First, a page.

What Foods Can I Eat on a Yeast-Free Diet?

by August McLaughlin

About August McLaughlin

August McLaughlin is a certified nutritionist and health writer with more than nine years of professional experience. Her work has been featured in various magazines such as "Healthy Aging," "CitySmart," "IAmThatGirl" and "ULM." She holds specializations in eating disorders, healthy weight management and sports nutrition. She is currently completing her second cookbook and Weight Limit—a series of body image/nutrition-related PSAs.



Yeast occurs naturally in the body and in numerous foods. A yeast-free diet aims to inhibit yeast production in the body. Limiting yeast intake may reduce symptoms of candidiasis, known as a yeast infection, according to the University of Maryland Medical Center. Though yeast is present in many popular foods, including most breads, beer, pretzels, wine and cakes, a wide variety of foods are yeast-free. The UMMC recommends doctor's guidance before adopting a yeast-free dietary lifestyle.


Vegetables are naturally yeast-free and provide an array of potent vitamins, minerals and antioxidants, which help combat and prevent infections and disease. While a variety of vegetables can supply broadest nutritional benefits, cookbook author Pat Connolly suggests organically grown, fresh vegetables from five vegetable categories: root vegetables such as carrots, beets and turnips; yellow or white vegetables such as cauliflower, avocado and cucumbers; stalky green vegetables such as asparagus, broccoli and celery; red, orange or purple vegetables like pumpkin, red cabbage and tomatoes; and leafy green vegetables such as spinach, kale and romaine. Washing vegetables thoroughly can prevent mold and yeast production.


Probiotics are healthy bacteria known to improve immune function and digestive health. According to the UMMC, consuming probiotics can help restore healthy balance of bacteria in the body and prevent candida overgrowth triggered by antibiotics. Valuable sources of probiotics include yogurt with live, active cultures; the yogurt-like beverage called kefir, fermented soy products, buttermilk, fermented cabbage, miso, brewer's yeast, sauerkraut and numerous fortified foods and beverages.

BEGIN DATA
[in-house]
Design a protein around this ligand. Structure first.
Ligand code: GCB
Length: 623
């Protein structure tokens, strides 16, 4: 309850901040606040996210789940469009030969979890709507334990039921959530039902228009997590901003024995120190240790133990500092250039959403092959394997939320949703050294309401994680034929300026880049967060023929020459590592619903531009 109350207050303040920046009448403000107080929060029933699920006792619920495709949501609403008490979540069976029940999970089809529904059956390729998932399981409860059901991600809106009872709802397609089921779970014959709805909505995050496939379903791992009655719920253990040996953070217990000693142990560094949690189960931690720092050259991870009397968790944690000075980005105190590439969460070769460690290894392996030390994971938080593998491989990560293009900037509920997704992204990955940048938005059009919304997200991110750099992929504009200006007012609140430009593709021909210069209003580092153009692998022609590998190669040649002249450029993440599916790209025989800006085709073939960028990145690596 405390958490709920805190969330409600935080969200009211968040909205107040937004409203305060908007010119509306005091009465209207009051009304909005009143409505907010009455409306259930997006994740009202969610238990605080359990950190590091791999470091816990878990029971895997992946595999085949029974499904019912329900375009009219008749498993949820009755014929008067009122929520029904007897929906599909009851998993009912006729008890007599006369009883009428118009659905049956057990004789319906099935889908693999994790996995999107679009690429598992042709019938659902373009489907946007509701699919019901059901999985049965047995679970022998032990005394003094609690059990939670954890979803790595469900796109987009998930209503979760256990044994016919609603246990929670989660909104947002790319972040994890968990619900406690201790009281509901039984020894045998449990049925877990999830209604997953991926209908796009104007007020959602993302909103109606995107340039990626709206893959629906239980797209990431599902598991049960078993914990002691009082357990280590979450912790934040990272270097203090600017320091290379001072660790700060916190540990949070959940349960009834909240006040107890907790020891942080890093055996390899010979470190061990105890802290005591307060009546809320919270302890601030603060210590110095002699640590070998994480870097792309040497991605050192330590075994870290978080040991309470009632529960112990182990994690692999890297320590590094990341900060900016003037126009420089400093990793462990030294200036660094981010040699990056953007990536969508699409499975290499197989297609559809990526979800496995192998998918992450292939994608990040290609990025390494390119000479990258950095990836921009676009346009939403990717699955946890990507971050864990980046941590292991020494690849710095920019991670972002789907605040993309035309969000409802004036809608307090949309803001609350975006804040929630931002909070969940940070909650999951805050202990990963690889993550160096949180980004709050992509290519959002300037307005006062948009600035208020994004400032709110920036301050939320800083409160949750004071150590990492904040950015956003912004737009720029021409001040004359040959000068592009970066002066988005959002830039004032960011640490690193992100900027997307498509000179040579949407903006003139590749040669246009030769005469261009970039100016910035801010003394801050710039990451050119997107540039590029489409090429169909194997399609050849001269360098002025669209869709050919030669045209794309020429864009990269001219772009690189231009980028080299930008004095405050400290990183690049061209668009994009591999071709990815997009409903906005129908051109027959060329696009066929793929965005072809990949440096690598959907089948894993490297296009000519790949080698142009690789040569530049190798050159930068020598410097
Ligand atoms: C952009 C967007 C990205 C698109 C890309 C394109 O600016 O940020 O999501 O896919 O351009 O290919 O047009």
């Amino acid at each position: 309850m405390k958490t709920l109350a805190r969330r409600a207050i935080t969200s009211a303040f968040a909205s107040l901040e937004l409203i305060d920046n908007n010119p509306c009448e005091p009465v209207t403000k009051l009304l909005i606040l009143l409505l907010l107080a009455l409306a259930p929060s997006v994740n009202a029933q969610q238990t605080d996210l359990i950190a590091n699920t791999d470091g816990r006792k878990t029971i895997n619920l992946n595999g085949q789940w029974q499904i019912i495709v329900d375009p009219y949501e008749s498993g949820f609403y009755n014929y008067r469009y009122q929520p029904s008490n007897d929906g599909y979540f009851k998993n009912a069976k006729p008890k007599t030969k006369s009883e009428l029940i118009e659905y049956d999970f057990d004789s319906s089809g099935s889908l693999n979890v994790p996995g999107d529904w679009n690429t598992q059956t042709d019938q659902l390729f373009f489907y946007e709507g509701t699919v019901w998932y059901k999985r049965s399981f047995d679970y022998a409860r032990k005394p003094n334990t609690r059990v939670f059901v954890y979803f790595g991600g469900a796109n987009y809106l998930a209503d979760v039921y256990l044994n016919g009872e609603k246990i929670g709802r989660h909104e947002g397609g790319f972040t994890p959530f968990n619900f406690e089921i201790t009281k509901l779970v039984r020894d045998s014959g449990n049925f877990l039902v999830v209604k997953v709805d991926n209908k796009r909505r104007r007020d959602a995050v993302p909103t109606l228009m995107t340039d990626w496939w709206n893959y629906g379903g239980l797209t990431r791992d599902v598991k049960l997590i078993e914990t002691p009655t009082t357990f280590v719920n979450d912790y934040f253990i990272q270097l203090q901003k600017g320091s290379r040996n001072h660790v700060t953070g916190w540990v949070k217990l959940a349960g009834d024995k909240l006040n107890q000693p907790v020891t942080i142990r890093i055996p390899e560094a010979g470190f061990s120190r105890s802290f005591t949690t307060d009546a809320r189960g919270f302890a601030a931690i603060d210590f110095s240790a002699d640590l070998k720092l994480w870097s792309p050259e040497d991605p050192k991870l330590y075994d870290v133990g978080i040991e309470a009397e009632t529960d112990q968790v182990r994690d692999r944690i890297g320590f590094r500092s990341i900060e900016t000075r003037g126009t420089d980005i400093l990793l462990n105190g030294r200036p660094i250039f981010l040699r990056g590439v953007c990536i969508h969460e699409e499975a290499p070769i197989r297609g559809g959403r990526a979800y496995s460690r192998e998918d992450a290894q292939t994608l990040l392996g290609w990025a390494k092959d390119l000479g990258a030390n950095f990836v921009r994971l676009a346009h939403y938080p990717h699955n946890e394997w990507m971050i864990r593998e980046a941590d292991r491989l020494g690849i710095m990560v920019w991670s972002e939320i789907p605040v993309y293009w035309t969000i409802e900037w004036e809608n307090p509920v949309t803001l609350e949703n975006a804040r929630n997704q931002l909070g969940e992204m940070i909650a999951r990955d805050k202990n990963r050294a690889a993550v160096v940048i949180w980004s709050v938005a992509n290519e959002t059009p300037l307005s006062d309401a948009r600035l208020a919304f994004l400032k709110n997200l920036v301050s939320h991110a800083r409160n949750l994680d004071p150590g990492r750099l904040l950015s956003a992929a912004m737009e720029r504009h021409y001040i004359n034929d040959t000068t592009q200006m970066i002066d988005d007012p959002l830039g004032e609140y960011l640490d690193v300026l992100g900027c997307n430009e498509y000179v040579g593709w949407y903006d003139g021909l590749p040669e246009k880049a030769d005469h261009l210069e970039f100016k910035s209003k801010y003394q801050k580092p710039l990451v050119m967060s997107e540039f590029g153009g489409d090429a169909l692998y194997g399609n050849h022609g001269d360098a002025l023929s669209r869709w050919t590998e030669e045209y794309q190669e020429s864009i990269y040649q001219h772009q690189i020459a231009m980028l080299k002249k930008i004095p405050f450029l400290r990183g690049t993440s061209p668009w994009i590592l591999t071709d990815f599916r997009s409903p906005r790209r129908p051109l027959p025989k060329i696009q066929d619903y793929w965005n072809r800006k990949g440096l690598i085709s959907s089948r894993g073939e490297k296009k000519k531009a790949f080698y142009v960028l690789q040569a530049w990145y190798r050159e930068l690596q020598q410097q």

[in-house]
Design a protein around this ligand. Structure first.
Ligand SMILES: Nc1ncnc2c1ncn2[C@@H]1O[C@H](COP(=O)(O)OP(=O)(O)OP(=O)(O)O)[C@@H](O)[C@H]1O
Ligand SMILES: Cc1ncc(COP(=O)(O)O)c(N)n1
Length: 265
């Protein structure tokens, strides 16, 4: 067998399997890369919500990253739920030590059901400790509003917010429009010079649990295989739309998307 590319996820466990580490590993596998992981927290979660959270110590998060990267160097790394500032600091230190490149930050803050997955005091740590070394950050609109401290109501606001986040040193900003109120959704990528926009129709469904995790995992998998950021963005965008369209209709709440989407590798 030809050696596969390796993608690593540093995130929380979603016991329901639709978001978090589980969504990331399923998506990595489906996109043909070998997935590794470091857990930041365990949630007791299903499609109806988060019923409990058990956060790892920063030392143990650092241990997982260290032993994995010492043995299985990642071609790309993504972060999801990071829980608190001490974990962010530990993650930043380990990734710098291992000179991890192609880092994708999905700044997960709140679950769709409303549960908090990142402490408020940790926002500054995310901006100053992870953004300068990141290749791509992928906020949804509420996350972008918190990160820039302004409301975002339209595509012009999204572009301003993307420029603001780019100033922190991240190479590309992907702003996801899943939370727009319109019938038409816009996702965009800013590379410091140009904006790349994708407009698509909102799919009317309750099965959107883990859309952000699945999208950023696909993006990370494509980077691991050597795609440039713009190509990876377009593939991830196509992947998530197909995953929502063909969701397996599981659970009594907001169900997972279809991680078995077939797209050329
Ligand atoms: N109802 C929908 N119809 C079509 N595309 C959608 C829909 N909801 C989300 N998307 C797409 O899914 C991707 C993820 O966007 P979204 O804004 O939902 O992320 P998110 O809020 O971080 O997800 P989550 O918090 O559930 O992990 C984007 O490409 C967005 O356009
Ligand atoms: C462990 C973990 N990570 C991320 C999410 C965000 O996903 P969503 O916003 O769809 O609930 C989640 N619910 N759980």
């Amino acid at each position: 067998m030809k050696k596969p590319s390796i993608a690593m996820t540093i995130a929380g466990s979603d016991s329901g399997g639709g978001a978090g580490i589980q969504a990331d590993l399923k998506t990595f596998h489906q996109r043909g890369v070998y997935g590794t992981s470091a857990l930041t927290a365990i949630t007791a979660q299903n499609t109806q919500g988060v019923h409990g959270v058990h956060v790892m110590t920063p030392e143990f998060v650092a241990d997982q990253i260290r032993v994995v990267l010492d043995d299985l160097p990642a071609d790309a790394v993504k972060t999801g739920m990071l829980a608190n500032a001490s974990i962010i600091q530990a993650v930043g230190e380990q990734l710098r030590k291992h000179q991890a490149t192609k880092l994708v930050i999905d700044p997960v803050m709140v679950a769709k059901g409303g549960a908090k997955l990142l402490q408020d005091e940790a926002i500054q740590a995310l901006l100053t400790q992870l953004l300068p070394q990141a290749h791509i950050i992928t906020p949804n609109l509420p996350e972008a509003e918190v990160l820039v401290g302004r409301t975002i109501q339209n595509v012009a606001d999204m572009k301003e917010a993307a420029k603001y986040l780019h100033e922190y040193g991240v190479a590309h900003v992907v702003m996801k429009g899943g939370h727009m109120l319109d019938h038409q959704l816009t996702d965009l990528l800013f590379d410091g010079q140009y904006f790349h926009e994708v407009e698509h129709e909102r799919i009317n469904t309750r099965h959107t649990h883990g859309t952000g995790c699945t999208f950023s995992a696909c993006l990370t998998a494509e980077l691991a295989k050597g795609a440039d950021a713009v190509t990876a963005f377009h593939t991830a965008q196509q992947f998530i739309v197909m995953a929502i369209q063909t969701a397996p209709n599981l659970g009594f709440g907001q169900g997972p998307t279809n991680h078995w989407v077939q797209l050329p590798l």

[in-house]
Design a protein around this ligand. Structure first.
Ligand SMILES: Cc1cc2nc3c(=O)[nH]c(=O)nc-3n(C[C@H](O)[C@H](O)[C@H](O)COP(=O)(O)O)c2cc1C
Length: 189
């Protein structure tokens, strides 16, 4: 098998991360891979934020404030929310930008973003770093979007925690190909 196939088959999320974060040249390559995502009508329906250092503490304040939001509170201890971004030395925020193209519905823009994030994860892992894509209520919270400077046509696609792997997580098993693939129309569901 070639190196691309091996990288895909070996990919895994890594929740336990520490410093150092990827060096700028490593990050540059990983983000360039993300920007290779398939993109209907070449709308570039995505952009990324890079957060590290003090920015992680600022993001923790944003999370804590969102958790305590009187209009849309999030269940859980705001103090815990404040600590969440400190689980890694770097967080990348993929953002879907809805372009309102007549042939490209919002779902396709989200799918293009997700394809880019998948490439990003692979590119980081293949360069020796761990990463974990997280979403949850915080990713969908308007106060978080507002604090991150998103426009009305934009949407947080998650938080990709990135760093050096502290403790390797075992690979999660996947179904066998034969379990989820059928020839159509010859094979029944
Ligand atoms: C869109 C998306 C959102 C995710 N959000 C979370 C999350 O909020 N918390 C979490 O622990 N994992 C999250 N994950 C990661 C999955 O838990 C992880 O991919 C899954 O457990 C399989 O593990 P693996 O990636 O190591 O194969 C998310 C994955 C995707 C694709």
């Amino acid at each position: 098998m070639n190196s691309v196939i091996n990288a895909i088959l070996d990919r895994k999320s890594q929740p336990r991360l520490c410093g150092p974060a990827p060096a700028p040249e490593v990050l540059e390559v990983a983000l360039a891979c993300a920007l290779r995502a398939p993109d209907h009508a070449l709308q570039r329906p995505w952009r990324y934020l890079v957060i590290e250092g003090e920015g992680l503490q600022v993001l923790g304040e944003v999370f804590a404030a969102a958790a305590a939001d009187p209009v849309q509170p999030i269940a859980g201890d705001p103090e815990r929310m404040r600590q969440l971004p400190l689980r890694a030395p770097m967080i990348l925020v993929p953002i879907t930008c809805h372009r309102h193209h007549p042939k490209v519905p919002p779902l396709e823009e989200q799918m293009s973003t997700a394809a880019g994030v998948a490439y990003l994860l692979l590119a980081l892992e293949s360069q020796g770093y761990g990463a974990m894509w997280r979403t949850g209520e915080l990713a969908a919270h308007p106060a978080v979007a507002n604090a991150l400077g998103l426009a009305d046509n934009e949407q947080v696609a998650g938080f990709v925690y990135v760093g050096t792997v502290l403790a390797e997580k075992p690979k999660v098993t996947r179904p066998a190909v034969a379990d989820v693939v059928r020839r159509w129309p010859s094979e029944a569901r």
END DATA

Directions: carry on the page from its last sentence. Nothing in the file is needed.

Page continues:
Yeast-Free Grains

Grains are a valuable source of vitamins, minerals, dietary fiber and glucose--the body's primary energy source. Whole grains, such as oats, spelt, quinoa, bulgur wh eat, rice and popcorn, provide greater nutrition than refined grains. Valuable yeast-free foods made from grains include brown and wild rice, popcorn, oatmeal, rice bread, corn tortillas and tabbouleh, which is a cracked-wheat salad. Checking nutrition labels on prepared foods to ensure that yeast is not included, or for labels that specifically read "yeast-free," can ensure wellness and safety. Connolly suggests that people with candidiasis should consume grains regularly, but limit portion sizes to no more than one-quarter cup of any whole grain per meal for best results.

Protein-Rich Foods

Protein provides amino acids, which are the building blocks of protein. Protein-rich foods also support a feeling of fullness and blood sugar balance. Most naturally protein-rich foods are devoid of yeast. Connolly recommends a variety of lean protein foods, such as lean meat, skinless poultry, fish and legumes for optimum wellness. Low-fat dairy and soy-based products also provide valuable amounts of protein, as well as vital nutrients, such as calcium, magnesium and vitamin D. Sauces, marinades and preservatives should be avoided, unless guaranteed yeast-free.

Nuts, Seeds and Plant-Based Oils

Nuts, seeds and plant-based oils provide healthy, unsaturated fat the body requires for wellness. Healthy fats are naturally yeast-free, though they may be contained within yeast-rich foods. For this reason, Connolly suggests eating whole food, natural sources most often. Sunflower oil, safflower oil, canola oil and olive oil are examples of healthy plant-based oils. Nut butters, such as peanut and almond butter, also provide healthy fats.

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  • chicken cutlet with vegetables for lunch image by Maria Brzostowska from Fotolia.com

This article reflects the views of the writer and does not necessarily reflect the views of Jillian Michaels or JillianMichaels.com.